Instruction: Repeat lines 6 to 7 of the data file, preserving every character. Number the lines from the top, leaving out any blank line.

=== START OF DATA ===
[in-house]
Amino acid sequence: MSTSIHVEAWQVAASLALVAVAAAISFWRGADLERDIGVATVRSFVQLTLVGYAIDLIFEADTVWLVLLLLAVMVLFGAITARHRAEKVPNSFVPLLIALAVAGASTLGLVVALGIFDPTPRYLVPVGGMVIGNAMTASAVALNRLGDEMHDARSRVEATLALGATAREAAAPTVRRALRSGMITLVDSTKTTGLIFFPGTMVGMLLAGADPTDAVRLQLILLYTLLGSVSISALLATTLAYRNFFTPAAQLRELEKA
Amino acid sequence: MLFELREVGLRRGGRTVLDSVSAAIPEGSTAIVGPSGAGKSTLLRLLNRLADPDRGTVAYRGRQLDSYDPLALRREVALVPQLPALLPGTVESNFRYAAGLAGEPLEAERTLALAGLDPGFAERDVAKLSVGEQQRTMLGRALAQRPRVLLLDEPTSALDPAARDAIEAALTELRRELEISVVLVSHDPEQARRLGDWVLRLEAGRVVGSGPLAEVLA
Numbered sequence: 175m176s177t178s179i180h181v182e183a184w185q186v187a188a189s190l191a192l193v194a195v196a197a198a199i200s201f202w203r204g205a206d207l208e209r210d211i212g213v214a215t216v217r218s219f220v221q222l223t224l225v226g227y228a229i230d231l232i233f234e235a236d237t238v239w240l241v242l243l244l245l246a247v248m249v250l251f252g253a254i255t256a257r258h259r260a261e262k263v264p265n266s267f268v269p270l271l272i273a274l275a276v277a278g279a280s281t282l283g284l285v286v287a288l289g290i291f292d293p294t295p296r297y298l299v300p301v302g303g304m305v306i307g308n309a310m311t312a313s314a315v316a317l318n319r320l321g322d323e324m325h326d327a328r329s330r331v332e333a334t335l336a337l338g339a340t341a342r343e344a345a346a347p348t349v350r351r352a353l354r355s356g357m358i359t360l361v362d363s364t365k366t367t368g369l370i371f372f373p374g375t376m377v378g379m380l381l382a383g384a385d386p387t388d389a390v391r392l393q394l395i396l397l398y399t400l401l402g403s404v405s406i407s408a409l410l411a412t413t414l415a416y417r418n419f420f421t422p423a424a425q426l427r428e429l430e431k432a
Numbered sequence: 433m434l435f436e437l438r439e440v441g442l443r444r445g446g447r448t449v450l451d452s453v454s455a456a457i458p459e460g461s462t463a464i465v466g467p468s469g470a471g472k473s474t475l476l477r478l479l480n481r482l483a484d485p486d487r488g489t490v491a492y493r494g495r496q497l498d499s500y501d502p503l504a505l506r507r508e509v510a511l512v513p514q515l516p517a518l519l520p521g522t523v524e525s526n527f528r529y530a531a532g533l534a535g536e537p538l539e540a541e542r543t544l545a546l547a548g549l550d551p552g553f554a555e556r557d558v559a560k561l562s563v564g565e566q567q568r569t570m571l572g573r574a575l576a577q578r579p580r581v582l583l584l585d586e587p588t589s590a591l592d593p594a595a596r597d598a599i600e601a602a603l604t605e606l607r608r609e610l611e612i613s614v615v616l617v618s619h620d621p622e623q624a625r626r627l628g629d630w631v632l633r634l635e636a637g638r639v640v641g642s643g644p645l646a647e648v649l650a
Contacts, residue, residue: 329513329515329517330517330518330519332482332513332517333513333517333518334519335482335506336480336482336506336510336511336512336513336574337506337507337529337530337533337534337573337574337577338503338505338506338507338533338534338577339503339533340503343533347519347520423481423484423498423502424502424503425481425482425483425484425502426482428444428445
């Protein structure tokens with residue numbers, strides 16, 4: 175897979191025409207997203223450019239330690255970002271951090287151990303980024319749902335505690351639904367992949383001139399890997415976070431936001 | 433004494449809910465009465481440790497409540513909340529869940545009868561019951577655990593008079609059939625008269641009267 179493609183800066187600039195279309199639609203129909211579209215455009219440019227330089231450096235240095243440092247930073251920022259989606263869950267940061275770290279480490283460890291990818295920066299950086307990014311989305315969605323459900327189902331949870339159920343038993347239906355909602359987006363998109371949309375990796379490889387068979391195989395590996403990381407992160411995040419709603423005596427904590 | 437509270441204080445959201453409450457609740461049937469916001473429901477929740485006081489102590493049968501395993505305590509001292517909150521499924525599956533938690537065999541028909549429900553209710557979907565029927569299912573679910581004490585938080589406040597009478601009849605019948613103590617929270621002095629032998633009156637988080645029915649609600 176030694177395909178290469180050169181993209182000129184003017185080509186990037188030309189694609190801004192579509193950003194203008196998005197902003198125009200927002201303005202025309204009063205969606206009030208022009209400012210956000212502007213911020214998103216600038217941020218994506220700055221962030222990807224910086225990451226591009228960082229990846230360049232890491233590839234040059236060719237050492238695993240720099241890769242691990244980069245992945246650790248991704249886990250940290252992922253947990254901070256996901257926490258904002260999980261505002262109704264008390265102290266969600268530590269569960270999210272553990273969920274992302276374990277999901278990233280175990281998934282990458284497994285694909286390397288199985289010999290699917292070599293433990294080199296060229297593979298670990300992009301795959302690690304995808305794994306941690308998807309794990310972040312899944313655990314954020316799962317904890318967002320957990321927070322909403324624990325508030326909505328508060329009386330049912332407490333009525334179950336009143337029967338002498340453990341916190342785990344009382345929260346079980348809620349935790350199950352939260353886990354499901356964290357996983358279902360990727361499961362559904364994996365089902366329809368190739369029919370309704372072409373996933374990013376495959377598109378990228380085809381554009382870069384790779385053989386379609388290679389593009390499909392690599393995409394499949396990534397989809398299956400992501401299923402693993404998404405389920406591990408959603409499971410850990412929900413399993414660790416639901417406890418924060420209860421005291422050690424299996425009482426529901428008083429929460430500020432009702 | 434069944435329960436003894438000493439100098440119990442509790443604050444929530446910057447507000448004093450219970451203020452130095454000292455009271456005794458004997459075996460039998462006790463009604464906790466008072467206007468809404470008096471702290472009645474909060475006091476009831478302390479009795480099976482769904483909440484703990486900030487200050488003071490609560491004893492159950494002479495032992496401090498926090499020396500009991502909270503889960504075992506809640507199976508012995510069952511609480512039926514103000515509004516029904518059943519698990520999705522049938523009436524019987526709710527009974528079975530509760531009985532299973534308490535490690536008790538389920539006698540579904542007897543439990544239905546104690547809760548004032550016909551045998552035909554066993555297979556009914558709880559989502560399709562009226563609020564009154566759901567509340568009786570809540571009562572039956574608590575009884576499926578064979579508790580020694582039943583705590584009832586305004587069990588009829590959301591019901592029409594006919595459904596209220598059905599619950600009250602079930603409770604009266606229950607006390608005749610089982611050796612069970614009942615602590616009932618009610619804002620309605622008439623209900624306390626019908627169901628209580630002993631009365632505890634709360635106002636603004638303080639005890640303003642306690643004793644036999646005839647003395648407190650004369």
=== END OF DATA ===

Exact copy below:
Contacts, residue, residue: 329513329515329517330517330518330519332482332513332517333513333517333518334519335482335506336480336482336506336510336511336512336513336574337506337507337529337530337533337534337573337574337577338503338505338506338507338533338534338577339503339533340503343533347519347520423481423484423498423502424502424503425481425482425483425484425502426482428444428445
């Protein structure tokens with residue numbers, strides 16, 4: 175897979191025409207997203223450019239330690255970002271951090287151990303980024319749902335505690351639904367992949383001139399890997415976070431936001 | 433004494449809910465009465481440790497409540513909340529869940545009868561019951577655990593008079609059939625008269641009267 179493609183800066187600039195279309199639609203129909211579209215455009219440019227330089231450096235240095243440092247930073251920022259989606263869950267940061275770290279480490283460890291990818295920066299950086307990014311989305315969605323459900327189902331949870339159920343038993347239906355909602359987006363998109371949309375990796379490889387068979391195989395590996403990381407992160411995040419709603423005596427904590 | 437509270441204080445959201453409450457609740461049937469916001473429901477929740485006081489102590493049968501395993505305590509001292517909150521499924525599956533938690537065999541028909549429900553209710557979907565029927569299912573679910581004490585938080589406040597009478601009849605019948613103590617929270621002095629032998633009156637988080645029915649609600 176030694177395909178290469180050169181993209182000129184003017185080509186990037188030309189694609190801004192579509193950003194203008196998005197902003198125009200927002201303005202025309204009063205969606206009030208022009209400012210956000212502007213911020214998103216600038217941020218994506220700055221962030222990807224910086225990451226591009228960082229990846230360049232890491233590839234040059236060719237050492238695993240720099241890769242691990244980069245992945246650790248991704249886990250940290252992922253947990254901070256996901257926490258904002260999980261505002262109704264008390265102290266969600268530590269569960270999210272553990273969920274992302276374990277999901278990233280175990281998934282990458284497994285694909286390397288199985289010999290699917292070599293433990294080199296060229297593979298670990300992009301795959302690690304995808305794994306941690308998807309794990310972040312899944313655990314954020316799962317904890318967002320957990321927070322909403324624990325508030326909505328508060329009386330049912332407490333009525334179950336009143337029967338002498340453990341916190342785990344009382345929260346079980348809620349935790350199950352939260353886990354499901356964290357996983358279902360990727361499961362559904364994996365089902366329809368190739369029919370309704372072409373996933374990013376495959377598109378990228380085809381554009382870069384790779385053989386379609388290679389593009390499909392690599393995409394499949396990534397989809398299956400992501401299923402693993404998404405389920406591990408959603409499971410850990412929900413399993414660790416639901417406890418924060420209860421005291422050690424299996425009482426529901428008083429929460430500020432009702 | 434069944435329960436003894438000493439100098440119990442509790443604050444929530446910057447507000448004093450219970451203020452130095454000292455009271456005794458004997459075996460039998462006790463009604464906790466008072467206007468809404470008096471702290472009645474909060475006091476009831478302390479009795480099976482769904483909440484703990486900030487200050488003071490609560491004893492159950494002479495032992496401090498926090499020396500009991502909270503889960504075992506809640507199976508012995510069952511609480512039926514103000515509004516029904518059943519698990520999705522049938523009436524019987526709710527009974528079975530509760531009985532299973534308490535490690536008790538389920539006698540579904542007897543439990544239905546104690547809760548004032550016909551045998552035909554066993555297979556009914558709880559989502560399709562009226563609020564009154566759901567509340568009786570809540571009562572039956574608590575009884576499926578064979579508790580020694582039943583705590584009832586305004587069990588009829590959301591019901592029409594006919595459904596209220598059905599619950600009250602079930603409770604009266606229950607006390608005749610089982611050796612069970614009942615602590616009932618009610619804002620309605622008439623209900624306390626019908627169901628209580630002993631009365632505890634709360635106002636603004638303080639005890640303003642306690643004793644036999646005839647003395648407190650004369």